|Publication number||US6764856 B2|
|Application number||US 10/139,088|
|Publication date||Jul 20, 2004|
|Filing date||May 2, 2002|
|Priority date||May 2, 2002|
|Also published as||US20030207459|
|Publication number||10139088, 139088, US 6764856 B2, US 6764856B2, US-B2-6764856, US6764856 B2, US6764856B2|
|Inventors||Bradley Jay Holmes, Mary Lou Lozon|
|Original Assignee||Bradley Jay Holmes, Mary Lou Lozon|
|Export Citation||BiBTeX, EndNote, RefMan|
|Patent Citations (1), Non-Patent Citations (1), Referenced by (19), Classifications (13), Legal Events (6)|
|External Links: USPTO, USPTO Assignment, Espacenet|
This invention relates generally to forensic testing and, more specifically, to a system for creating and resulting compound and associated method for detecting the presence of semen on material.
The public has become increasingly consumed with a heightened interest in the prevention of extramarital affairs and unwanted teenage pregnancies. A key to such prevention is the early detection of evidence indicating sexual activity. Historically, interested parties have frequently hired investigators to search for evidence of sexual activity by monitoring the subject. This process can be extremely expensive, and the results inconclusive. Attempts to detect sexual activity based solely on a visual investigation of garments or the activity scene likewise are inconclusive or misleading. There exists a substantial need for a low-cost, easily accessible, reliable and simple system and method that can be used by the general public to detect the presence of semen on material.
The present invention is directed to a system and method for detecting the presence of semen on material. The system includes a solution of sodium phosphate, maleic acid, dye fast blue salt, naphthyl acid phosphate and water, together with a solution dispenser and absorbent paper. The solution is preferably composed of between about 30% and 50% by weight of sodium phosphate, between about 30% and 50% by weight of maleic acid, between about 1% and 10% by weight of dye fast blue salt, between about 1% and 10% by weight of naphthyl acid phosphate, and up to about 38% by weight of deionized water.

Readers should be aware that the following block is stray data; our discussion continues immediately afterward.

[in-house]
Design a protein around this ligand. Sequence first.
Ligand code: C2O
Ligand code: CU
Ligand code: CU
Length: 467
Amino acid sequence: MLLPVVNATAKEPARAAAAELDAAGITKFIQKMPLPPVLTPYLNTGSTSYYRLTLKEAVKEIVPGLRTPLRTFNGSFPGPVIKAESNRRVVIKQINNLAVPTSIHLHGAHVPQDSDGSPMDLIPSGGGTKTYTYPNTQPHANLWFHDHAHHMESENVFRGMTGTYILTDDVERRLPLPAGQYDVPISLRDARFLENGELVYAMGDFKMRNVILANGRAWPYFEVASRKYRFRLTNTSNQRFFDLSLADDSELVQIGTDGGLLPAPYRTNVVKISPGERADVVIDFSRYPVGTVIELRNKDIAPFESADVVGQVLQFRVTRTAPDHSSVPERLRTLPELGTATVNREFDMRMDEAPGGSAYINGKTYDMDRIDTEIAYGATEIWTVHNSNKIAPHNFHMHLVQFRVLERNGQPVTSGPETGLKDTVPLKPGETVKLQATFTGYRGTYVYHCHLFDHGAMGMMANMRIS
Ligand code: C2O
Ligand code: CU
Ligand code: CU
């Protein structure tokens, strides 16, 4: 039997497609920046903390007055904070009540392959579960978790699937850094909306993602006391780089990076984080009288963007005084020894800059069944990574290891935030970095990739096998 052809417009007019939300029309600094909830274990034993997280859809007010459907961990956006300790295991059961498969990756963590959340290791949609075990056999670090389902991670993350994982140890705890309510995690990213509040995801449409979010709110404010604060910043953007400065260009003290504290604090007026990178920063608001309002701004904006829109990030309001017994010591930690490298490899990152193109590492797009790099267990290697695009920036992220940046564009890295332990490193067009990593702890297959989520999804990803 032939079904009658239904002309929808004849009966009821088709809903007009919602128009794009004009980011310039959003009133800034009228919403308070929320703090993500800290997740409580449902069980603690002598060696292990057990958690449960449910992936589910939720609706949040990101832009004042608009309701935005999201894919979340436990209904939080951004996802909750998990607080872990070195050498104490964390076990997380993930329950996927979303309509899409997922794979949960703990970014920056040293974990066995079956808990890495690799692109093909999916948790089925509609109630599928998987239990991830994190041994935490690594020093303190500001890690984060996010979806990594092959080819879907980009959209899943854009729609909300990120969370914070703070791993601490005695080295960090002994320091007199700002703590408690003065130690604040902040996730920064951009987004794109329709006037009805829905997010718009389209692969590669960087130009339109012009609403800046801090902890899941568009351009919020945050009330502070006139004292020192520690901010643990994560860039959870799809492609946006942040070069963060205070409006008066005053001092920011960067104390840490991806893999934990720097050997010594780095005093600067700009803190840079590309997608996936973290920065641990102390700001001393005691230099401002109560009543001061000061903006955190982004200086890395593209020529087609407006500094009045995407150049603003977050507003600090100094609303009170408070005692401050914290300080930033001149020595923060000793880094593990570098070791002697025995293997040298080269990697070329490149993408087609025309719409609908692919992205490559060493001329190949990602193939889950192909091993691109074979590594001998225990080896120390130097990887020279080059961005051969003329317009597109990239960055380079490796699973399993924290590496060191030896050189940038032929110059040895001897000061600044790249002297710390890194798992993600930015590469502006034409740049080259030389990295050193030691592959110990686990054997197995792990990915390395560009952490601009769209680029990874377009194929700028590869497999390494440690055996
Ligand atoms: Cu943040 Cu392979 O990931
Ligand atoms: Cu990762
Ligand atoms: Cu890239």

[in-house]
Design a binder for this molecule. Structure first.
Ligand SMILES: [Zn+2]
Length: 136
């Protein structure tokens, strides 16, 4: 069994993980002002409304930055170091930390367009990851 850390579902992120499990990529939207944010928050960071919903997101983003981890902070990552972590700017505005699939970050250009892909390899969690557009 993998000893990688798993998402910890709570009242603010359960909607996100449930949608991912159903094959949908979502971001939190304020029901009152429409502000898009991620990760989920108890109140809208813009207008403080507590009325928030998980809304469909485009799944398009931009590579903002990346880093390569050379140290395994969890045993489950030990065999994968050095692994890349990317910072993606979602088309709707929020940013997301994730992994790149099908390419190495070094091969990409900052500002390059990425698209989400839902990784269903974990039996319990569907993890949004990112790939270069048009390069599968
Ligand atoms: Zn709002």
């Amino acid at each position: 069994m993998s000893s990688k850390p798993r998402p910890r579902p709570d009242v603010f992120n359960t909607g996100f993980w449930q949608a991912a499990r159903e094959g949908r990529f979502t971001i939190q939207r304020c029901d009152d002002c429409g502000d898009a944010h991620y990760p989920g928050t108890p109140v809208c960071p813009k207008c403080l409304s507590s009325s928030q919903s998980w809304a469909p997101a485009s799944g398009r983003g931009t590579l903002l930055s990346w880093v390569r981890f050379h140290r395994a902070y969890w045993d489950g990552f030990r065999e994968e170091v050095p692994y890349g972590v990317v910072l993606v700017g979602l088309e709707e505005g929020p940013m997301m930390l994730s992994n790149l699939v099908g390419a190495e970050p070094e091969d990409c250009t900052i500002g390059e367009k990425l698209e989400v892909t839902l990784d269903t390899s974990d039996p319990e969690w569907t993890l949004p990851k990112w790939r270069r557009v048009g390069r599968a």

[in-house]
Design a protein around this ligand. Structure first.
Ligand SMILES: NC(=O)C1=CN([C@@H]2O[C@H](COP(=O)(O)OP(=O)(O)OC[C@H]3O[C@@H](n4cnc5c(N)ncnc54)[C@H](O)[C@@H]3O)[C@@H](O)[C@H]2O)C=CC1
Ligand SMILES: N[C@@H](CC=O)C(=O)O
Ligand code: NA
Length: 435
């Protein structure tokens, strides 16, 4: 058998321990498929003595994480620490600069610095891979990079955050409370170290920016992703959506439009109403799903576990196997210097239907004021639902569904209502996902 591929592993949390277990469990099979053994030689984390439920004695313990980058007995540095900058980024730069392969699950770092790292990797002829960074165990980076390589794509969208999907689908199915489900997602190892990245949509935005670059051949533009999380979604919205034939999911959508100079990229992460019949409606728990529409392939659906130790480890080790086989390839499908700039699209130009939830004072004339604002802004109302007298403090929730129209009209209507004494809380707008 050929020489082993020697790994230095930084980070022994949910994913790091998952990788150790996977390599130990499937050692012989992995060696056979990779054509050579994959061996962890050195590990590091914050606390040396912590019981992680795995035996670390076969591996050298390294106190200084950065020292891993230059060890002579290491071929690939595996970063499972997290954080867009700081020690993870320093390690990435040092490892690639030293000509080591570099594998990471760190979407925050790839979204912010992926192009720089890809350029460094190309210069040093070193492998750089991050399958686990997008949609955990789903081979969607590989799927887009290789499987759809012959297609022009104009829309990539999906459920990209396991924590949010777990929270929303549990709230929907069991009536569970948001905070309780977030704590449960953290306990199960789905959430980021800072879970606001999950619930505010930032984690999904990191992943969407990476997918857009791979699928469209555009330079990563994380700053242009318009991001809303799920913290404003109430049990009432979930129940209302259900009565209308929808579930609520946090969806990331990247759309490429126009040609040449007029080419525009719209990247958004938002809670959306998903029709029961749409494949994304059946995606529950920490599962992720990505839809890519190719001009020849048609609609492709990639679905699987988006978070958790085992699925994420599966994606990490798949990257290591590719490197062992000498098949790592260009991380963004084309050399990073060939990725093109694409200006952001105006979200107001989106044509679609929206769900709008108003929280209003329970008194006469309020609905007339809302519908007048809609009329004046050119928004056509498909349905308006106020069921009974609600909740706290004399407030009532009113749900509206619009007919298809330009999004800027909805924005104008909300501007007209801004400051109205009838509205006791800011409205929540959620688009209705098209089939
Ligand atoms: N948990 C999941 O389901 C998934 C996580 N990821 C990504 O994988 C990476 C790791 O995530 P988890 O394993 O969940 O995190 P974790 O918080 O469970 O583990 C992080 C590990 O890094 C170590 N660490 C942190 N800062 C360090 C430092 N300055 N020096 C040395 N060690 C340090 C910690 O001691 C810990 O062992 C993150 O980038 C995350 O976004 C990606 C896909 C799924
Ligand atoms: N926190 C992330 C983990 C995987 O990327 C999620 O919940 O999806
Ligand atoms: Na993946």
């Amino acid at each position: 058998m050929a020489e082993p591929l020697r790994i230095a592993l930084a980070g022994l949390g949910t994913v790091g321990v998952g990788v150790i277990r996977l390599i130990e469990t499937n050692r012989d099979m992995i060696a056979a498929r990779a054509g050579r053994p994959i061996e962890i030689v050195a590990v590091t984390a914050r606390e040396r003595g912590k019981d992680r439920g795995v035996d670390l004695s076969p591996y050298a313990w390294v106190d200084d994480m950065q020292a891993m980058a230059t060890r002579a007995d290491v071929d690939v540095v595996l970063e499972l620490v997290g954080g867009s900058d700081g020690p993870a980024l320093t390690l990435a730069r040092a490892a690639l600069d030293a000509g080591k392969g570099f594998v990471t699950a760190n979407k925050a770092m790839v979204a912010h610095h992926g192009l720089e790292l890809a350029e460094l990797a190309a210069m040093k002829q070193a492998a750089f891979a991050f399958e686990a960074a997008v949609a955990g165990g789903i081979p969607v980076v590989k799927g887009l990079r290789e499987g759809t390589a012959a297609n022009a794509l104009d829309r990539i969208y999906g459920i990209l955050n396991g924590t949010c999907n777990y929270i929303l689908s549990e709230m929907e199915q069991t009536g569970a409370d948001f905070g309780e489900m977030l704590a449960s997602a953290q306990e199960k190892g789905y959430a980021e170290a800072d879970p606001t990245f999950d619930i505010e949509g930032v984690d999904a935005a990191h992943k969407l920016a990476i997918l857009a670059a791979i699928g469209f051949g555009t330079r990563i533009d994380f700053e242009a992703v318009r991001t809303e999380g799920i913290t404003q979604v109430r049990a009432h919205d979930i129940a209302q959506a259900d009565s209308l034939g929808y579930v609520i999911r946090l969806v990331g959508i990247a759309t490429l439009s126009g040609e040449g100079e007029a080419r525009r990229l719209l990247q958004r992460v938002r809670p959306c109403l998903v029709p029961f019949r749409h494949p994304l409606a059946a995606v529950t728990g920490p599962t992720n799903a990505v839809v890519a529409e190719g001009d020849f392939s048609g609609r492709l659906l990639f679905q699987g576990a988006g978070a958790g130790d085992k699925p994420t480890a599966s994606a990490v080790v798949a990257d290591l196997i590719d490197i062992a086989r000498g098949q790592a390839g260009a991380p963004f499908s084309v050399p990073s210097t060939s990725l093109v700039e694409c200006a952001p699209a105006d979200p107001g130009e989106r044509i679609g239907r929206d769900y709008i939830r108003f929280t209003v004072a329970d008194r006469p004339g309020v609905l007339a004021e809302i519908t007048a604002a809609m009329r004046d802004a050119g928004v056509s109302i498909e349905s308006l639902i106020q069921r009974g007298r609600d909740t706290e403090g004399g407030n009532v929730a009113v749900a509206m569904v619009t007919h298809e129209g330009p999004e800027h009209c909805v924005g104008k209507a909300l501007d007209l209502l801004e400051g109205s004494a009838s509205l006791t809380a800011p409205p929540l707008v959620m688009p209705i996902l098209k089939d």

The preferred method for detecting the presence of semen on material using a semen detection solution and absorbent paper consists of wetting the semen stain or suspected stain area on the material; blotting the suspected stain or stain area with absorbent paper so as to transfer the moisture from the wetted semen stain or suspected stain area on the material to the absorbent paper; drying the absorbent paper; and applying semen detection solution to the absorbent paper at the location of the transferred stain or suspected stain area. In the preferred method, if the absorbent paper turns purple within fifteen seconds after application of the semen detection solution, semen is present on the material. On the other hand, if the absorbent paper does not turn purple within fifteen seconds after application of the semen detection solution, semen is not present on the material.
As will be readily appreciated from the foregoing summary, the invention provides a low-cost, easily accessible, reliable and simple system and method that can be used by the general public to detect the presence of semen on materials such as fabrics.
The preferred and alternative embodiments of the present invention are described in detail below with reference to the following drawings.
FIG. 1 component view illustrating the composition of a system made in accordance with the present invention; and
FIG. 2 is a flowchart illustrating the operation of one embodiment of the present invention.